32 Ways to Get Moving on Your Novel Again
When You're Feeling Hopelessly Stuck

  1. Change your setting. Send your character on an unexpected trip.
  2. Foist a new responsibility on your protagonist. Baby on the doorstep? Dragon in the attic?
  3. Follow your favorite minor character for a chapter and see what they do when no one's looking.
  4. Go back and flesh out previous scenes. (Adding only! No editing!)
  5. Go for a walk.
  6. Go write in a café or fancy hotel lobby.
  7. Have someone come through the door with a gun. (Thanks, Raymond Chandler!)
  8. Have something explode.
  9. Change the point of view. 
  10. Have your character do something completely out of character.
  11. Have your character confide in a stranger. (Bonus: Bring that stranger back at the end of your book for a cameo.)
  12. Have your character take a personality quiz that makes them angry.
  13. Introduce a new character.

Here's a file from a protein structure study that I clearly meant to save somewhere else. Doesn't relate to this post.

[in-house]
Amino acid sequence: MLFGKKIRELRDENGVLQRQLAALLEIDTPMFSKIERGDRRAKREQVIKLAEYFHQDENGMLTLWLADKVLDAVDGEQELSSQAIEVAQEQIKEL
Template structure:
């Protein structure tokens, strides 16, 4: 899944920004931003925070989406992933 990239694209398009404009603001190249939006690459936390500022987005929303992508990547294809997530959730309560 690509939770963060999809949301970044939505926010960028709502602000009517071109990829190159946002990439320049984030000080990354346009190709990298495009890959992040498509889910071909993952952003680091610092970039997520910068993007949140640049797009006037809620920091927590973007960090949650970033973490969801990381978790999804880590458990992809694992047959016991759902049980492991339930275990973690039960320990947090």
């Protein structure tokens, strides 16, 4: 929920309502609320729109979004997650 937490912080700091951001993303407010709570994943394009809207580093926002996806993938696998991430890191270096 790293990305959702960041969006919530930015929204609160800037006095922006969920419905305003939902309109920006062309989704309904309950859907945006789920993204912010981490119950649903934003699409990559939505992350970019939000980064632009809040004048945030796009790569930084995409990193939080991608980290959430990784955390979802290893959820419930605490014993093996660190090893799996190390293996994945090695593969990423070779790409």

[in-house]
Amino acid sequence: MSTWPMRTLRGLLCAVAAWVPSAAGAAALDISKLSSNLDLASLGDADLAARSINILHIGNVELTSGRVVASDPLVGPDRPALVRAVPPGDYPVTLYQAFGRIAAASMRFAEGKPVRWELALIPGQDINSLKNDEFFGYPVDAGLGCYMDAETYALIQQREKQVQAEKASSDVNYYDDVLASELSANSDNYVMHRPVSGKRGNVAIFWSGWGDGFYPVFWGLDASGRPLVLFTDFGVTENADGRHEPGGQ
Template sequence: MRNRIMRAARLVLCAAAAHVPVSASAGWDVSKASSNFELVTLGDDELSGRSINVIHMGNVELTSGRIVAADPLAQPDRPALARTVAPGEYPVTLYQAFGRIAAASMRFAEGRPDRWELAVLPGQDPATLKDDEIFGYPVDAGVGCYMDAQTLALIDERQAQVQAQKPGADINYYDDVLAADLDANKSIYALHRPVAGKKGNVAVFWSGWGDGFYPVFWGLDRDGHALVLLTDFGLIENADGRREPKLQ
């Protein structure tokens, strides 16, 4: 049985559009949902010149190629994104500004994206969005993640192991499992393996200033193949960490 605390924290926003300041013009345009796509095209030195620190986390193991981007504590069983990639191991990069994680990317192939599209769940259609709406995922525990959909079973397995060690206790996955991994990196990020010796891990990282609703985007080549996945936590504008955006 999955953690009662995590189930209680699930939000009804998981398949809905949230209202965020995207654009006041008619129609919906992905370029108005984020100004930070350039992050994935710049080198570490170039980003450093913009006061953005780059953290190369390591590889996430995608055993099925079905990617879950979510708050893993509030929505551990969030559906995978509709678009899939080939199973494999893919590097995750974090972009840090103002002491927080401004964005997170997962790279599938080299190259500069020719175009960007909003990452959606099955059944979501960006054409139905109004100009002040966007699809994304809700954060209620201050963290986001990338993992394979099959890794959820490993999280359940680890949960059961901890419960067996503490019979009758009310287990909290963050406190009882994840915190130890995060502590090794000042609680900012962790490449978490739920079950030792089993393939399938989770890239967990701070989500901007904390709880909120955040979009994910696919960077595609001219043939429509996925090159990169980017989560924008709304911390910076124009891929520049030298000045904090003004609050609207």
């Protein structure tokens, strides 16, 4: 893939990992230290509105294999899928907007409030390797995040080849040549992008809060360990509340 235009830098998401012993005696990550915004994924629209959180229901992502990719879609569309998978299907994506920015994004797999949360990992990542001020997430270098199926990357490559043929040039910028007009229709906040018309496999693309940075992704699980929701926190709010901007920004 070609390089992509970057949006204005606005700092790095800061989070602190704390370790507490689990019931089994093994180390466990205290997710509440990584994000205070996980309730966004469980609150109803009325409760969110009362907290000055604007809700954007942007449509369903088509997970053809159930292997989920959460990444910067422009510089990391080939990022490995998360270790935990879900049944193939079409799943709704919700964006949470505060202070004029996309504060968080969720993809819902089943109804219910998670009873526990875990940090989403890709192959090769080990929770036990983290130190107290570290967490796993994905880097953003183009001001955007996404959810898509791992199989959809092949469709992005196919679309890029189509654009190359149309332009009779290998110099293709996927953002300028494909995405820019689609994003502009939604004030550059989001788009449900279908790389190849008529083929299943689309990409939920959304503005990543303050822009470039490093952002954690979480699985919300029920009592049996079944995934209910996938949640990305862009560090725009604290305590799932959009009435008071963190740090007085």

14. Kill a character.
  15. Kill your main character.
  16. If you're feeling lost, go back to the last point in your story where things felt solid. Start out again from there. (Keep all tangents—you might need them later.)
  17. Take 15 minutes to outline the next couple scenes before moving forward.
  18. Pick three wildly different story directions and write 200 words of each.
  19. Read a few pages of a book you love that has a similar tone.
  20. Read an interview with your favorite author about their process.   
  21. Skip ahead and write a scene you've been looking forward to.
  22. Take a nap.
  23. Take a shower.
  24. Talking badger.
  25. Think about the one thing your character can't live without, and take it away from them. (Thanks, Rachael Herron!)
  26. Tomorrow, write in your most creative time window.
  27. Have your character tell or hear an uncomfortable truth.
  28. Have your character accidentally Reply All.
  29. Write a throwaway scene where your characters all gather and discuss how miserably stuck you are. Let them offer suggestions on getting the story unstuck. (They will have good ideas.)
  30. Write an interstitial chapter where a narrator appears, and offers his/her take on everything that's happened. Let the narrator editorialize, quibble, and add to the tale.
  31. Drop everything and write for 40 minutes. Often the difference between a hopeless mess and a promising story is one productive writing session.
  32. Three-minute dance party!

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